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Mobile Phones: Latest Advice, More Research
The Government has launched a package of measures to increase research into mobile phone technology and provide information to the public about mobile phones and health.
Two new leaflets have been produced by the Department of Health. They summarise the health evidence on mobile phone handsets and base stations, and a million copies will be distributed throughout the UK from today. Outlets include Tesco, Safeway, Asda, Sainsburys, WH Smith, Budgens, Virgin stores, Carphone Warehouse, BT and Cellnet, Vodafone, Dixons\Link, GP surgeries, libraries, local authorities and post offices.
A new research programme, costing around £7 million and funded jointly by Government and industry, will be directed and overseen by a taskforce led by Sir William Stewart. It will carry out research into the effects of mobile phone technology on health and the process will ensure that Government and the public are kept up to date with new research findings.
The Radiocommunications Agency will also begin an audit of mobile phone base stations and masts to assess emissions. Masts near to school buildings will be the first to be audited. The results of the audits will be published on the internet.
Government established an independent expert group on mobile phones and
health in 1999 in response to public concerns about the new technology. The
Group, chaired by Sir William Stewart, published its findings in May 2000.
The Government's response welcomed the report and todays announcement
implements many of the Reports findings.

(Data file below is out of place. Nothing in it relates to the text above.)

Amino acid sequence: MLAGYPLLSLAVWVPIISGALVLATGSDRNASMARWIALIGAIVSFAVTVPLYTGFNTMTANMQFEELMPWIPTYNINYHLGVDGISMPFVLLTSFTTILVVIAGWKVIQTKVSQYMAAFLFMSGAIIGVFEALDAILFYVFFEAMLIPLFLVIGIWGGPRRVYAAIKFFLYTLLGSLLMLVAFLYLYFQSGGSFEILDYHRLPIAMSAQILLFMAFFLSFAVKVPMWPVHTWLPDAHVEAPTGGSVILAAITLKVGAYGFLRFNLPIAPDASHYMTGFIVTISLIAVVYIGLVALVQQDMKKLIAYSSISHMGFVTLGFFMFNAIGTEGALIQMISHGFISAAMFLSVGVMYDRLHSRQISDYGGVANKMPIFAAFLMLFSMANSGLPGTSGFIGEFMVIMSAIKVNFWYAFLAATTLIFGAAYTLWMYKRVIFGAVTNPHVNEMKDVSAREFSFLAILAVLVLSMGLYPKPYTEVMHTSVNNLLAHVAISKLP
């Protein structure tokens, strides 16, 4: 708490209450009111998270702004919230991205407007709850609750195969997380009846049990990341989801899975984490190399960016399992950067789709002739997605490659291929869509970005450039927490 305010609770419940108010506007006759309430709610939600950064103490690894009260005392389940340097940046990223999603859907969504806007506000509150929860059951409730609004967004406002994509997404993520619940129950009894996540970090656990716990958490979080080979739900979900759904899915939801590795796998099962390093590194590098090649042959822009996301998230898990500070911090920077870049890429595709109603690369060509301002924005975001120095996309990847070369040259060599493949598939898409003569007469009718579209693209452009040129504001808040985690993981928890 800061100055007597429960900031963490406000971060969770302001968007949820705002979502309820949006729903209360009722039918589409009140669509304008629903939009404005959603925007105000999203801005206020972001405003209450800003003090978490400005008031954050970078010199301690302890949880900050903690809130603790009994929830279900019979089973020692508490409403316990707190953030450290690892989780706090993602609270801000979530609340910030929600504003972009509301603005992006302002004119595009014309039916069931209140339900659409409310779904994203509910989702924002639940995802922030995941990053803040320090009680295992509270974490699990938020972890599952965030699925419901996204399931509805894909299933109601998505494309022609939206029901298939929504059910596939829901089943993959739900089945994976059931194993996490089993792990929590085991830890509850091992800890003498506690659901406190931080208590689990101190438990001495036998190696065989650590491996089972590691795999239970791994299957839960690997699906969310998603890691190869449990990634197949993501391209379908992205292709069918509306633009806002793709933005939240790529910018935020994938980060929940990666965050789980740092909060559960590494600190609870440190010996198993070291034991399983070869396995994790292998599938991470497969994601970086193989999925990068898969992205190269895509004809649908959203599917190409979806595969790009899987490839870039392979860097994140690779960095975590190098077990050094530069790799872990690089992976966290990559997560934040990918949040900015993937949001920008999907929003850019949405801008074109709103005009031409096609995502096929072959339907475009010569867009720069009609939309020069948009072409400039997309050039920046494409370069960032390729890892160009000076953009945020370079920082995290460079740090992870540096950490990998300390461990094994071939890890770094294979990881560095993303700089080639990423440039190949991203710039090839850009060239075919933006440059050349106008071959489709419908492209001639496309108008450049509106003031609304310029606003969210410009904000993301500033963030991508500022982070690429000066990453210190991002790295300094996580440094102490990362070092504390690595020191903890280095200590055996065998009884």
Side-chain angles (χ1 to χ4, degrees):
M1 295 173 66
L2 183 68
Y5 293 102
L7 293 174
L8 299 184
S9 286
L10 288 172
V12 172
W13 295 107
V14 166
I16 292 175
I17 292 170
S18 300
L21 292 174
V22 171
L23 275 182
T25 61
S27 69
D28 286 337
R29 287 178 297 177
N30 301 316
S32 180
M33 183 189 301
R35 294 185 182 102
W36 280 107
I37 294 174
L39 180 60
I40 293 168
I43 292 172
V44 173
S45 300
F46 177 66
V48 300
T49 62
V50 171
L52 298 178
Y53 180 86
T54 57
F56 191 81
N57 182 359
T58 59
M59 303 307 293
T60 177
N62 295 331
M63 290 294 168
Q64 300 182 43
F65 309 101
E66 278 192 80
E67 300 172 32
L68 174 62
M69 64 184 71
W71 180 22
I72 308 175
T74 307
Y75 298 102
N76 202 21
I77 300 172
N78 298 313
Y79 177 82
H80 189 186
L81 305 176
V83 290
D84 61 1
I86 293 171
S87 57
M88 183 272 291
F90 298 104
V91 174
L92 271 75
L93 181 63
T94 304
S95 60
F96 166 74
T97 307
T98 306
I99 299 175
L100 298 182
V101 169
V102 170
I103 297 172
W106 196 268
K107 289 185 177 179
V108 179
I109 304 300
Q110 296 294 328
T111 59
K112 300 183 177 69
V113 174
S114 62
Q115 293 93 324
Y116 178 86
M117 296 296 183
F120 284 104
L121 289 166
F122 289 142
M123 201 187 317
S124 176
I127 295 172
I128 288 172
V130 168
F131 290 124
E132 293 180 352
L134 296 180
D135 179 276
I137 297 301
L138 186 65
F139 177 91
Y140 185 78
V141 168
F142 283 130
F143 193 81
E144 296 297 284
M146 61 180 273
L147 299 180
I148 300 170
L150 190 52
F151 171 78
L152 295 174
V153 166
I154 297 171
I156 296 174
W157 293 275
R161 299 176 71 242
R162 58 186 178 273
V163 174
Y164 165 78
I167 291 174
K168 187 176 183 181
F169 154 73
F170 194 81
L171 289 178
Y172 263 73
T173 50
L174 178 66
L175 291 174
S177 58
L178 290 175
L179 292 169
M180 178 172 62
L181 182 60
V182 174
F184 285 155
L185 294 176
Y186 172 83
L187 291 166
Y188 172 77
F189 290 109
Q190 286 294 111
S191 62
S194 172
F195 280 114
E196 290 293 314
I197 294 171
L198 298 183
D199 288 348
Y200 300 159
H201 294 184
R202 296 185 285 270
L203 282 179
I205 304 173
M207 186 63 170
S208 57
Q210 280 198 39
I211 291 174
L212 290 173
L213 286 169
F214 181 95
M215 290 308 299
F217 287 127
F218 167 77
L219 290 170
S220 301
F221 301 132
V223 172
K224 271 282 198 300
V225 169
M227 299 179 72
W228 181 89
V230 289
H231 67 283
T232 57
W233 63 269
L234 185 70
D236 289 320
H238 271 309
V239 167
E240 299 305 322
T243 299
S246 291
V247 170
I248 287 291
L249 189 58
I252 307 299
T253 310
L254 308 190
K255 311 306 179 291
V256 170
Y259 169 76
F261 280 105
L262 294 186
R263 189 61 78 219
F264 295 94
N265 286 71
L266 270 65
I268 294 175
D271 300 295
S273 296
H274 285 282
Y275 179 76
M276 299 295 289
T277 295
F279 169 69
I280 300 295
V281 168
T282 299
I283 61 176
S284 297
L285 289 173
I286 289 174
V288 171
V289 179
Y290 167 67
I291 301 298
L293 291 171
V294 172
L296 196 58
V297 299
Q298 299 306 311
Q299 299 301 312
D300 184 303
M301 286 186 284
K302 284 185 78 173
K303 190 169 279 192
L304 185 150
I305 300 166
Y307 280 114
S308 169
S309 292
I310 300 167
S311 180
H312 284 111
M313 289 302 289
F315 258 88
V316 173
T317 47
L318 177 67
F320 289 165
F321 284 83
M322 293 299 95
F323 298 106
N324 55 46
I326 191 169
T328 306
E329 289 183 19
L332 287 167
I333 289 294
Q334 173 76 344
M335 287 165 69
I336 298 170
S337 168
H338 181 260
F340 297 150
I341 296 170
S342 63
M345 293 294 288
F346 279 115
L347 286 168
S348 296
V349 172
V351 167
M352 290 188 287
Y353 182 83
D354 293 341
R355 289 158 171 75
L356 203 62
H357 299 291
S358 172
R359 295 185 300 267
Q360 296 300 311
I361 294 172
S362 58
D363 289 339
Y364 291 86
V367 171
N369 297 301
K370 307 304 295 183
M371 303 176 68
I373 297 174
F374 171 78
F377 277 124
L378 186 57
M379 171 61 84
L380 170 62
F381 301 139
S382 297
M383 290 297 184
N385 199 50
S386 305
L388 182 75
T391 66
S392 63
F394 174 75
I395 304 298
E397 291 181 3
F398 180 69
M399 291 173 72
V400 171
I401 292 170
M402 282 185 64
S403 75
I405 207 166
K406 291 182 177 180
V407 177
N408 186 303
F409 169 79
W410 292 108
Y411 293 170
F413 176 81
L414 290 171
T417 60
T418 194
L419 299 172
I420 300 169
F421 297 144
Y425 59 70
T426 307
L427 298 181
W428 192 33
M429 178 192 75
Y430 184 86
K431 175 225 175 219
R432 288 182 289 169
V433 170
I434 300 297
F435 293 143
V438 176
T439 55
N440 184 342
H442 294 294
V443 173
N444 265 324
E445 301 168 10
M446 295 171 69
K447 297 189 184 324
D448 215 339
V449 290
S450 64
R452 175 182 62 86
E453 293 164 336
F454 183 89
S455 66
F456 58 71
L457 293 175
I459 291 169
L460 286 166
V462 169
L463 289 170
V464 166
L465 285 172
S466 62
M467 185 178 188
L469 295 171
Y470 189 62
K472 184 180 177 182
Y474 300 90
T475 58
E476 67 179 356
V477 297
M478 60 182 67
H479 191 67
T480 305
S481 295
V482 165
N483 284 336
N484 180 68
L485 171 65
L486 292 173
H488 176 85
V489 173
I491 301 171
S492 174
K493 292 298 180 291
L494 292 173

Chief Medical Officer, Professor Liam Donaldson, said:
"Sir William Stewart's report was the most extensive review of evidence to date on mobile phones and health and we are acting on his recommendations.
"The research programme announced today will cost over £7 million and will help to improve our knowledge of health in relation to this new technology. The taskforce, led by Sir William Stewart will notify the Government of any new evidence that comes to light and assess future developments.
"It is essential that we provide people with the evidence on this issue to allow them to make an informed choice about using their mobile phone.
"On the basis of the precautionary approach outlined in the Stewart report, the leaflets provide advice that, if you use a mobile phone, you can choose to minimise your exposure to radio waves by keeping your calls short and by considering relative Specific Absorption Rates (SAR) values when buying a new phone.
In the case of children and young people under the age of 16, the UK Chief Medical Officers strongly advise that they should be encouraged to use mobile phones for essential purposes only and to keep all calls short. Of course, if parents want to avoid their children being subject to any possible risk that might be identified in the future, they can exercise their choice not to let their children use mobile phones."